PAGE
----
(N) I've subbed in every school in Teaneck which is one of the reasons I feel so good about the school system. After I quit teaching in Leonia, which was my last regular job, I decided to take a year to decide if I really wanted to make the commitment of going back to school again so I spent a year doing whatever I felt like doing. I played a lot and I subbed and I was fortunate in that they liked the way I subbed and so I had more work than I wanted. I ended up subbing for Mr. Jenny (?) who was very ill, you know, and subsequently died so the last, he was out nine weeks the last year and I took his place which was, for me, very interesting because I thought I had always wanted to teach elementary instrumental music and I had this wonderful opportunity to find out that I didn't. I didn't want to teach in the closets and storerooms and all that. But the great thing is that I was in every school in town and given the fact that my kids are in the school system, I learned an awful lot and could speak with even more confidence than I had before of how strongly, how positively I felt about the schools.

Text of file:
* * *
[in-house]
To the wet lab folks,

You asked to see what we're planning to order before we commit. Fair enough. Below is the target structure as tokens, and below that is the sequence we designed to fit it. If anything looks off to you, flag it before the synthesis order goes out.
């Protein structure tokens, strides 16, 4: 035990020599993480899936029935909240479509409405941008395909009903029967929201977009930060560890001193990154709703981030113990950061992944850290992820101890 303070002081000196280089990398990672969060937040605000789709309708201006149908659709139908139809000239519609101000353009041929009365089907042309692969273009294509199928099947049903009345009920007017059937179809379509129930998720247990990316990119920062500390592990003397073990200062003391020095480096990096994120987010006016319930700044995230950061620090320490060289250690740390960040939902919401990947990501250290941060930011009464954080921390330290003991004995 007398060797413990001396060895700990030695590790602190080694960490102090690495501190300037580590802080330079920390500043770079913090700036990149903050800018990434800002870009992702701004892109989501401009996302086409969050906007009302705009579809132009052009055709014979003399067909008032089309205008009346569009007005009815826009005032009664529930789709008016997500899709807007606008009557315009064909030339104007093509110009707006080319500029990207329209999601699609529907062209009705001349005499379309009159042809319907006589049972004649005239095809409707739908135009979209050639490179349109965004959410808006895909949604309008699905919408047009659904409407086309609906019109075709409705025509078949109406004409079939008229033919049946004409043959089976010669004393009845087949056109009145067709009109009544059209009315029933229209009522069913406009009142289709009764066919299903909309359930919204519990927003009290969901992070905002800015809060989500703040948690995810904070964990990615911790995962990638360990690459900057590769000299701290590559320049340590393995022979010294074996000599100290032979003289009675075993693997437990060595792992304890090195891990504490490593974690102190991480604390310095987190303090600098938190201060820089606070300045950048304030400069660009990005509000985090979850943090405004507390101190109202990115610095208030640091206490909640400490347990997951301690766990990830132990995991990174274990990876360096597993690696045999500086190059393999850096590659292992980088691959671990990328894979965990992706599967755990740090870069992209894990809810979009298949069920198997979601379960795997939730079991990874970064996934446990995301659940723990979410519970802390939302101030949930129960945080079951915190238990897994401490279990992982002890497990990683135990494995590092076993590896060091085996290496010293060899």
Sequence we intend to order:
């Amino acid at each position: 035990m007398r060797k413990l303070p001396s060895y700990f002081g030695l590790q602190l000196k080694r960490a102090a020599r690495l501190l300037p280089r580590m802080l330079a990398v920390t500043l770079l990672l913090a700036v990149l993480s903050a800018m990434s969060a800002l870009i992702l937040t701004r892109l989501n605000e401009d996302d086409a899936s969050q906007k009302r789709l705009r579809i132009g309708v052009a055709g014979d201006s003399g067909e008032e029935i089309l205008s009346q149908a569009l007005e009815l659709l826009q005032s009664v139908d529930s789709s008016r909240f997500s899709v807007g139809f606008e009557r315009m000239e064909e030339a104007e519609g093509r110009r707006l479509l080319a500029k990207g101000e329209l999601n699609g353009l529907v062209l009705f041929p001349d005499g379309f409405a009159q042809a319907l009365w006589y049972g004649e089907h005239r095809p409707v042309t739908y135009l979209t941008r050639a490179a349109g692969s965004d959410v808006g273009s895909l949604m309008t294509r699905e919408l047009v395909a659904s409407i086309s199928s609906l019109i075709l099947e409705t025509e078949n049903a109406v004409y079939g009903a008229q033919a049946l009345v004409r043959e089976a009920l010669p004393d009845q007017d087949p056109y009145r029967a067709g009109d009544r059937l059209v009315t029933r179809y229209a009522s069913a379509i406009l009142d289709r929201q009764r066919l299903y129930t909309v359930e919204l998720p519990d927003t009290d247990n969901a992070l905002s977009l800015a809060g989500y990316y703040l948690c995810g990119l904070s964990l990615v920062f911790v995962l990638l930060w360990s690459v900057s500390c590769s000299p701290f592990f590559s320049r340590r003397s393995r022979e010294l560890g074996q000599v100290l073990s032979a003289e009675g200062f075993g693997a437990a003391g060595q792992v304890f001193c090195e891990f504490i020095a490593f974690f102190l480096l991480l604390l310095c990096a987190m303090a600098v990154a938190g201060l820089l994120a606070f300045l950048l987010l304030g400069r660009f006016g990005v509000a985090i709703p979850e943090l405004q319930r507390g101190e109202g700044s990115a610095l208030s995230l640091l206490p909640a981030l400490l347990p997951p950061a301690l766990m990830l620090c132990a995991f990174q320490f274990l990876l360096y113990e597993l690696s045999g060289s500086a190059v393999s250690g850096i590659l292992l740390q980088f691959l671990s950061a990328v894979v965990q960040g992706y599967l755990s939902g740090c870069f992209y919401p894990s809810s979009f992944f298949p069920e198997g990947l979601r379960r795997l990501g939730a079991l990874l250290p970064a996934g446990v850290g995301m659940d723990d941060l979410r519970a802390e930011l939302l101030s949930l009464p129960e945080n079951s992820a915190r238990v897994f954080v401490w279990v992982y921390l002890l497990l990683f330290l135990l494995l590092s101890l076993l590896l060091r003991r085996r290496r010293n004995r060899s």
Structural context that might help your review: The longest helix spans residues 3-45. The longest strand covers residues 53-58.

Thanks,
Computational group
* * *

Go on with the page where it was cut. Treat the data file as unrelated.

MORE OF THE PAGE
(I) Let's talk about your children. How many do you have and what are their names and ages?
(N) I have two boys - Mark and Edward. Mark is starting the high school as a ninth grader this year. He is 14. Edward will be a senior. He is 17.
(I) So you'll have two children in the high school this year. Now how old were they when they started in the Teaneck schools?
(N) We moved here a few days before Edward started kindergarten. Mark was in nursery school.
(I) How would you describe the Teaneck schools?
(N) Caring for one thing. This has been our experience.
(I) You have a good background in comparing them.